Walk Softly and Carry a Big Stick

By Jessica Pearce

If you are considering taking a vacation in a foreign country, there is a certain ethos you may want to adopt early in your planning:  “Walk softly and carry a big stick.”  In this case, the saying refers to ways of proactively approaching the culture and situations you may face in your vacation spot of choice. 

You’ll want to learn as much as you can about the culture in this country ahead of time, especially what the people are like, their values and the way their society functions.  Doing so ahead of time can save you from making some awful American gaffes when you arrive.

Learning the many nonverbal gestures in the culture you’ll be visiting can be very enlightening. If visiting India, for instance, you may want to get a grasp of the many meanings of the Indian “head bobble.”  This gesture can imply anything from “I hear what you are saying” to “I am pretending to agree with you.”  These distinctions can become very important, especially when bargaining at the local market.

You may also want to know what is considered “polite” in the culture you will be visiting.  In the country of Ethiopia it is actually impolite to eat everything on your plate.  If you are visiting someone’s home, the family will continue serving you food portions for as long as you continue to eat.  Whatever you leave on your plate (or in the serving vessel) is what the family will eat for dinner after you leave.  If a visitor were to follow the old American adage of “eating everything on your plate” out of politeness, he would actually be taking away from the family’s next meal.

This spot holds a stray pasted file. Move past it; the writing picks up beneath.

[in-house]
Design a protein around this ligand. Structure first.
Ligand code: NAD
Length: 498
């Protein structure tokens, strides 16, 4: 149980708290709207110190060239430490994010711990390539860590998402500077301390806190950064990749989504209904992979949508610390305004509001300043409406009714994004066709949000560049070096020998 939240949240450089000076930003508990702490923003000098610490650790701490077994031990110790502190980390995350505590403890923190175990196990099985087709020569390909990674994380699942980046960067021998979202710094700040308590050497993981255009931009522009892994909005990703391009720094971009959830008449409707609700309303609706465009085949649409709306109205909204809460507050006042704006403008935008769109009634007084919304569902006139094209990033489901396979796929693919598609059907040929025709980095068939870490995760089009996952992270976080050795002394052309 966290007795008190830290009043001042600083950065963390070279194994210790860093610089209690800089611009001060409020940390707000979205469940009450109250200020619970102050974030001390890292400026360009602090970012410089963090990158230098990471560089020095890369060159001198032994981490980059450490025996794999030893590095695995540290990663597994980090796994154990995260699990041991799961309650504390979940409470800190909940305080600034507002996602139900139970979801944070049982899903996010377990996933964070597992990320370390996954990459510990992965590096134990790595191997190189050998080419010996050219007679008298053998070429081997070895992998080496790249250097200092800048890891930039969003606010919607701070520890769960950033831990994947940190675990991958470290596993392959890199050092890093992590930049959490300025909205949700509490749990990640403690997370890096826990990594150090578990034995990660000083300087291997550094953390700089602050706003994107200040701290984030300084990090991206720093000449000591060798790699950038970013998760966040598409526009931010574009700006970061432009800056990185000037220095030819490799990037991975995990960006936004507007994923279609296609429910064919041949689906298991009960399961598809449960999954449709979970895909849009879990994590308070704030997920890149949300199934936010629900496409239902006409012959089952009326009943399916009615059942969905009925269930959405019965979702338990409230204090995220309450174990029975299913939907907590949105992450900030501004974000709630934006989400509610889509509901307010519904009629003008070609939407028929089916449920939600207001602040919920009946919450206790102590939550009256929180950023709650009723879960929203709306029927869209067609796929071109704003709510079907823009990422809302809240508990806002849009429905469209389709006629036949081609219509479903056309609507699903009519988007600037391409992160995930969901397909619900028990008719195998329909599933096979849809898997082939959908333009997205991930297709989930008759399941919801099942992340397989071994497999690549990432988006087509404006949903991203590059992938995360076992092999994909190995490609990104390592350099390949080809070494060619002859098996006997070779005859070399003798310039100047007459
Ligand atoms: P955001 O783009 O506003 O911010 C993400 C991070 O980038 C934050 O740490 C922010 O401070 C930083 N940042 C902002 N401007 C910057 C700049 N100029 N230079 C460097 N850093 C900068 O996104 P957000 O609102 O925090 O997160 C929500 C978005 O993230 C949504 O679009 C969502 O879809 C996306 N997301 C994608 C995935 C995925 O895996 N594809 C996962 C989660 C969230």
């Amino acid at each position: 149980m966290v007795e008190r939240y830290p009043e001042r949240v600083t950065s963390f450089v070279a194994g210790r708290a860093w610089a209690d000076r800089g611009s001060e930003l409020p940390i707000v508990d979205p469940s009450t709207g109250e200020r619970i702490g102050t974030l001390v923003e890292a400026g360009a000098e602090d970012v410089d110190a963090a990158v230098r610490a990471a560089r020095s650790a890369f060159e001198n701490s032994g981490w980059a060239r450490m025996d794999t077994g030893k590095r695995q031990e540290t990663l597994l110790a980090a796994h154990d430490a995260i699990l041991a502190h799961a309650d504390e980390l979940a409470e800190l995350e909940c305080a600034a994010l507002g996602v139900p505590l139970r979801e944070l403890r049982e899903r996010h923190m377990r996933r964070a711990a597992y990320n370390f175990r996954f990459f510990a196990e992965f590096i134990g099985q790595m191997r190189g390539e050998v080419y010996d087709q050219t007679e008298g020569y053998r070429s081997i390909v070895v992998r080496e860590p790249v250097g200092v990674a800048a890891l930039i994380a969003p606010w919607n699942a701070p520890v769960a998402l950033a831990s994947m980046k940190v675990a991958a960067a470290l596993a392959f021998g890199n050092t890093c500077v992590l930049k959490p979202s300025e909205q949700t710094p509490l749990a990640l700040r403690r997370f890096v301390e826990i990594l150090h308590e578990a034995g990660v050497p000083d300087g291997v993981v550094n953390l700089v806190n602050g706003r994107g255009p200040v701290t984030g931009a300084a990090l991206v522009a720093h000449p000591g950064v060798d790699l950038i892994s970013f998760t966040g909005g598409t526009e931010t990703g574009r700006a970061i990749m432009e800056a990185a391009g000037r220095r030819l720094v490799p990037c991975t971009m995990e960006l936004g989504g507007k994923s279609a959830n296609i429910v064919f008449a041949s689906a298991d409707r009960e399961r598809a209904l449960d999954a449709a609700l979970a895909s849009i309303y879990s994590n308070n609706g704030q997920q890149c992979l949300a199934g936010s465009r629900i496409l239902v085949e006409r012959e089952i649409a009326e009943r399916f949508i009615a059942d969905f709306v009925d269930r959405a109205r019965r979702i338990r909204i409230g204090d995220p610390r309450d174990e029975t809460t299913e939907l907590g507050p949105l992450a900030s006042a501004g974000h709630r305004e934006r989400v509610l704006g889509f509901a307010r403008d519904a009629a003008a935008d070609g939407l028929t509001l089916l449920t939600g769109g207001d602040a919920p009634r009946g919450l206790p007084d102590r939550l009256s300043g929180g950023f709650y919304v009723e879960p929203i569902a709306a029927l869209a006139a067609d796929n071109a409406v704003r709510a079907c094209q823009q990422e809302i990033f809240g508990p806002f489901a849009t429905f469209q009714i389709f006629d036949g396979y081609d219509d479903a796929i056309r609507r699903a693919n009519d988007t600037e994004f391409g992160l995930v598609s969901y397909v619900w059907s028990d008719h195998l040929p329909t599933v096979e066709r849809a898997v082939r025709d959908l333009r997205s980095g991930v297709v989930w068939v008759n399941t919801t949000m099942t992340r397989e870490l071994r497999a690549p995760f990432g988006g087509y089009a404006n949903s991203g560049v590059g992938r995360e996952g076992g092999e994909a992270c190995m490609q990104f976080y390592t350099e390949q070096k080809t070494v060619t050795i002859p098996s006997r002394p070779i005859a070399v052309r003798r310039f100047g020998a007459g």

In any country you visit you’ll also want to know the preferred method of “getting things done.”  The American standard of “The Customer is Always Right” just may not hold true in your vacation spot.  Many cultures uphold the value of the common good rather than what is good for one individual.  Understanding this cultural difference could help you refine your approach when you reach the airport and your flight is overbooked or delayed, for instance.

When people-watching at an airport in Frankfurt I once observed a flamboyant tourist yelling and gesturing wildly at the gate agent to demand that his plane situation be rectified immediately.  Instead of creating a stir that produced results, the tourist only succeeded in causing the gate agent to adhere more strongly to the rules and regulations that governed the airline.  The agent calmly stated that there was nothing to be done, and the tourist stormed off.  Had the tourist known a more culturally-appropriate way to respond, such as asking the agent for the correct procedure to rectify his ticket situation, he may have gotten further.

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